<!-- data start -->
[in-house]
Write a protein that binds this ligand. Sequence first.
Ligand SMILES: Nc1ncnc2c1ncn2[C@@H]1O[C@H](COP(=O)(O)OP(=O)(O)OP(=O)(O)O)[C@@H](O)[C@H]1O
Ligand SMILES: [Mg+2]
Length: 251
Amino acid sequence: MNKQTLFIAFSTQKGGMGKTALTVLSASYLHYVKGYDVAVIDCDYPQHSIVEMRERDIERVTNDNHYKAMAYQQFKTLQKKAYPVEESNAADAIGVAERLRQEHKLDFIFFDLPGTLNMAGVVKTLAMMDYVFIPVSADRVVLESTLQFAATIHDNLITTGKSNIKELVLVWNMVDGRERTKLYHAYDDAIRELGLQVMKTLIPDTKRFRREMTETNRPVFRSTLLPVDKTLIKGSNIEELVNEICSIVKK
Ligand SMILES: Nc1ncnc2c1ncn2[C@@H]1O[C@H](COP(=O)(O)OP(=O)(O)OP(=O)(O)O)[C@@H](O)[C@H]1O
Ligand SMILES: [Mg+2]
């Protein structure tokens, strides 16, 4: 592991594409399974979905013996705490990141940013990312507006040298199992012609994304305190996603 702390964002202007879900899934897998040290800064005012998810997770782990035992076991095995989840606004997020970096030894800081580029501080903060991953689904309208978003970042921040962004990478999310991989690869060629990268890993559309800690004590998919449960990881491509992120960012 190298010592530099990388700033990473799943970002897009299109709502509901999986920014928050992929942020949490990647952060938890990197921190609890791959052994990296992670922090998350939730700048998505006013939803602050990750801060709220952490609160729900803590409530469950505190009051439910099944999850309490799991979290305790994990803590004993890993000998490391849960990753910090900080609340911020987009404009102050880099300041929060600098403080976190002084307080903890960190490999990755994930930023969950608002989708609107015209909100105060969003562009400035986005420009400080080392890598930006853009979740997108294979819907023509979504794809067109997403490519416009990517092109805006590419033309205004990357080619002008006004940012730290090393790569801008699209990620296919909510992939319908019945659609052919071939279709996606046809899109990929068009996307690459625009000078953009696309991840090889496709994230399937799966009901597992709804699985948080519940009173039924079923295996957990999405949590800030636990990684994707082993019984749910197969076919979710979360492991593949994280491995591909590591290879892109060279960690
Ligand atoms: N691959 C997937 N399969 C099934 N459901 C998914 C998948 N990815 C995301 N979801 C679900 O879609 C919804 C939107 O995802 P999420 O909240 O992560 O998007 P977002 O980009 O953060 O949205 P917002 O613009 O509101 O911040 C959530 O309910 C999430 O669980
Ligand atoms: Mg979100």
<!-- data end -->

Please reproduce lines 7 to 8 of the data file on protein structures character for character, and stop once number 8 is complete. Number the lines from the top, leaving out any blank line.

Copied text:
Ligand SMILES: Nc1ncnc2c1ncn2[C@@H]1O[C@H](COP(=O)(O)OP(=O)(O)OP(=O)(O)O)[C@@H](O)[C@H]1O
Ligand SMILES: [Mg+2]